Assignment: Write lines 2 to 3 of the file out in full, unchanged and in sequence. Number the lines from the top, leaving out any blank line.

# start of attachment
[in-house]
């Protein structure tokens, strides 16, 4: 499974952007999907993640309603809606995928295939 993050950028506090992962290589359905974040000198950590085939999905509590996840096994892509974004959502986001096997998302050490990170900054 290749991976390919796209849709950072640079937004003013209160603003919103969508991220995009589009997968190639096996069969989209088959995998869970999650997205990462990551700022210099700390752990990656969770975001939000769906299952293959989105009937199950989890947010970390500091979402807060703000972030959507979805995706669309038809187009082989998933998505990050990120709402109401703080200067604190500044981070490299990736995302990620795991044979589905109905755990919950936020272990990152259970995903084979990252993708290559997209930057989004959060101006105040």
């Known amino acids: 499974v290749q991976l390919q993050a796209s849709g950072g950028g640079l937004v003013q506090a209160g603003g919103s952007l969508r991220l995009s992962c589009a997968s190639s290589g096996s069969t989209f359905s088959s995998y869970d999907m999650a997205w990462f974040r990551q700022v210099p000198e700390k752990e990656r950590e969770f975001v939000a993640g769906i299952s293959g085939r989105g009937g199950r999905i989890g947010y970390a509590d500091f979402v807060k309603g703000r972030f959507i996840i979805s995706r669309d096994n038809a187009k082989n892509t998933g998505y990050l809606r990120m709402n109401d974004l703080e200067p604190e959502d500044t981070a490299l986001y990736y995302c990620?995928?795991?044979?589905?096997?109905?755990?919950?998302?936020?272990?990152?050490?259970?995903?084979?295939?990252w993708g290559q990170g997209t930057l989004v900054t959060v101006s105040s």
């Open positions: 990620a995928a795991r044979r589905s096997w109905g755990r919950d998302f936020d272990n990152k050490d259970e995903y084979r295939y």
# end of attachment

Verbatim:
């Protein structure tokens, strides 16, 4: 499974952007999907993640309603809606995928295939 993050950028506090992962290589359905974040000198950590085939999905509590996840096994892509974004959502986001096997998302050490990170900054 290749991976390919796209849709950072640079937004003013209160603003919103969508991220995009589009997968190639096996069969989209088959995998869970999650997205990462990551700022210099700390752990990656969770975001939000769906299952293959989105009937199950989890947010970390500091979402807060703000972030959507979805995706669309038809187009082989998933998505990050990120709402109401703080200067604190500044981070490299990736995302990620795991044979589905109905755990919950936020272990990152259970995903084979990252993708290559997209930057989004959060101006105040």
């Known amino acids: 499974v290749q991976l390919q993050a796209s849709g950072g950028g640079l937004v003013q506090a209160g603003g919103s952007l969508r991220l995009s992962c589009a997968s190639s290589g096996s069969t989209f359905s088959s995998y869970d999907m999650a997205w990462f974040r990551q700022v210099p000198e700390k752990e990656r950590e969770f975001v939000a993640g769906i299952s293959g085939r989105g009937g199950r999905i989890g947010y970390a509590d500091f979402v807060k309603g703000r972030f959507i996840i979805s995706r669309d096994n038809a187009k082989n892509t998933g998505y990050l809606r990120m709402n109401d974004l703080e200067p604190e959502d500044t981070a490299l986001y990736y995302c990620?995928?795991?044979?589905?096997?109905?755990?919950?998302?936020?272990?990152?050490?259970?995903?084979?295939?990252w993708g290559q990170g997209t930057l989004v900054t959060v101006s105040s």